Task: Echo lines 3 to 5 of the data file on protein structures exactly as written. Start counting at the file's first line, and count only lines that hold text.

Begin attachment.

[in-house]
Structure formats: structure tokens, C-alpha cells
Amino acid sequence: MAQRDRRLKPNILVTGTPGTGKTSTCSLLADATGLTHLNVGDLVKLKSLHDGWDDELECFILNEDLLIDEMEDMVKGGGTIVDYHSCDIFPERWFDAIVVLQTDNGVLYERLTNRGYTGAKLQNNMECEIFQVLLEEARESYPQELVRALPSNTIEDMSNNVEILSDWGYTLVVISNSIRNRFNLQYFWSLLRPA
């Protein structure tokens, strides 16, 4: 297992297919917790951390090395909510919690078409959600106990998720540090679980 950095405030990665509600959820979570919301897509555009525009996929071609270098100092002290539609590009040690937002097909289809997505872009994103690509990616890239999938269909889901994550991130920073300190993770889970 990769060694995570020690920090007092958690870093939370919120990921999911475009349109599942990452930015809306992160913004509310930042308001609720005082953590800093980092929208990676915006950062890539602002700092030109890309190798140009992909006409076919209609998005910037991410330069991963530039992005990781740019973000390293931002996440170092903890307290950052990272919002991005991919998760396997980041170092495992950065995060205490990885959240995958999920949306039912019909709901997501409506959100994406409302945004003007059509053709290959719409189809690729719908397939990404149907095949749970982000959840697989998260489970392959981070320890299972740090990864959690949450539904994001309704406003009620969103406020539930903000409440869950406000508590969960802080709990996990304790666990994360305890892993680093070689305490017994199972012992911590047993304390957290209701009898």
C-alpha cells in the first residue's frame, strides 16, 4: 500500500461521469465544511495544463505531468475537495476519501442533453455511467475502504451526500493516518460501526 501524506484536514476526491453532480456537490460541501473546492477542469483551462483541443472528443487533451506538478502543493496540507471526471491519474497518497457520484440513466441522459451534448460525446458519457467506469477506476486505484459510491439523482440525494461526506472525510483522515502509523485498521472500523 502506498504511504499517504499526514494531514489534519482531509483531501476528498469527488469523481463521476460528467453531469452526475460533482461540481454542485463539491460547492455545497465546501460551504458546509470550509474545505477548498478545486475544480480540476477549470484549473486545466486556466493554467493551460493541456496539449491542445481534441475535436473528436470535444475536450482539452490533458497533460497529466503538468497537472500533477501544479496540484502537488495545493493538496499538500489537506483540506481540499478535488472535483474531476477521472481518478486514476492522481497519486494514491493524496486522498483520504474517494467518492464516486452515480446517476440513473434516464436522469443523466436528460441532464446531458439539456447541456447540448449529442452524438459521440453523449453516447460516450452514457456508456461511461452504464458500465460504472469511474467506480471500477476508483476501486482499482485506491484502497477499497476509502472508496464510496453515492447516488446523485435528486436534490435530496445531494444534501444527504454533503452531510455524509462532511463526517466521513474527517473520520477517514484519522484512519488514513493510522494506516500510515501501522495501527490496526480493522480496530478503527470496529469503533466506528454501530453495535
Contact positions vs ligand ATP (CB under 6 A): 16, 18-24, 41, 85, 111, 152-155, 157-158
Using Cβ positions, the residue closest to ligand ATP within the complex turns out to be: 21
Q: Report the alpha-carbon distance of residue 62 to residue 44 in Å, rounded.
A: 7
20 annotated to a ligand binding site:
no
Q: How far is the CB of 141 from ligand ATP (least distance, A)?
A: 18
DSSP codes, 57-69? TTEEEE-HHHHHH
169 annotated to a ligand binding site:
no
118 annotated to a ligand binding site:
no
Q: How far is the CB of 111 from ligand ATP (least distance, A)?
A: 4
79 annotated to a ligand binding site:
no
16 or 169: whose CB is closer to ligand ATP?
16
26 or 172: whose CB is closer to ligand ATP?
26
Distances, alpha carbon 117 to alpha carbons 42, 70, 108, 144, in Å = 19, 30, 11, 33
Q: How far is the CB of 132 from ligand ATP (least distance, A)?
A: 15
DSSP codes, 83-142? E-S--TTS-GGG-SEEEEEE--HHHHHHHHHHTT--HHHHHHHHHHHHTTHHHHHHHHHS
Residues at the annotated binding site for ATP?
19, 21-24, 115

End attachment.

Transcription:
Amino acid sequence: MAQRDRRLKPNILVTGTPGTGKTSTCSLLADATGLTHLNVGDLVKLKSLHDGWDDELECFILNEDLLIDEMEDMVKGGGTIVDYHSCDIFPERWFDAIVVLQTDNGVLYERLTNRGYTGAKLQNNMECEIFQVLLEEARESYPQELVRALPSNTIEDMSNNVEILSDWGYTLVVISNSIRNRFNLQYFWSLLRPA
């Protein structure tokens, strides 16, 4: 297992297919917790951390090395909510919690078409959600106990998720540090679980 950095405030990665509600959820979570919301897509555009525009996929071609270098100092002290539609590009040690937002097909289809997505872009994103690509990616890239999938269909889901994550991130920073300190993770889970 990769060694995570020690920090007092958690870093939370919120990921999911475009349109599942990452930015809306992160913004509310930042308001609720005082953590800093980092929208990676915006950062890539602002700092030109890309190798140009992909006409076919209609998005910037991410330069991963530039992005990781740019973000390293931002996440170092903890307290950052990272919002991005991919998760396997980041170092495992950065995060205490990885959240995958999920949306039912019909709901997501409506959100994406409302945004003007059509053709290959719409189809690729719908397939990404149907095949749970982000959840697989998260489970392959981070320890299972740090990864959690949450539904994001309704406003009620969103406020539930903000409440869950406000508590969960802080709990996990304790666990994360305890892993680093070689305490017994199972012992911590047993304390957290209701009898």
C-alpha cells in the first residue's frame, strides 16, 4: 500500500461521469465544511495544463505531468475537495476519501442533453455511467475502504451526500493516518460501526 501524506484536514476526491453532480456537490460541501473546492477542469483551462483541443472528443487533451506538478502543493496540507471526471491519474497518497457520484440513466441522459451534448460525446458519457467506469477506476486505484459510491439523482440525494461526506472525510483522515502509523485498521472500523 502506498504511504499517504499526514494531514489534519482531509483531501476528498469527488469523481463521476460528467453531469452526475460533482461540481454542485463539491460547492455545497465546501460551504458546509470550509474545505477548498478545486475544480480540476477549470484549473486545466486556466493554467493551460493541456496539449491542445481534441475535436473528436470535444475536450482539452490533458497533460497529466503538468497537472500533477501544479496540484502537488495545493493538496499538500489537506483540506481540499478535488472535483474531476477521472481518478486514476492522481497519486494514491493524496486522498483520504474517494467518492464516486452515480446517476440513473434516464436522469443523466436528460441532464446531458439539456447541456447540448449529442452524438459521440453523449453516447460516450452514457456508456461511461452504464458500465460504472469511474467506480471500477476508483476501486482499482485506491484502497477499497476509502472508496464510496453515492447516488446523485435528486436534490435530496445531494444534501444527504454533503452531510455524509462532511463526517466521513474527517473520520477517514484519522484512519488514513493510522494506516500510515501501522495501527490496526480493522480496530478503527470496529469503533466506528454501530453495535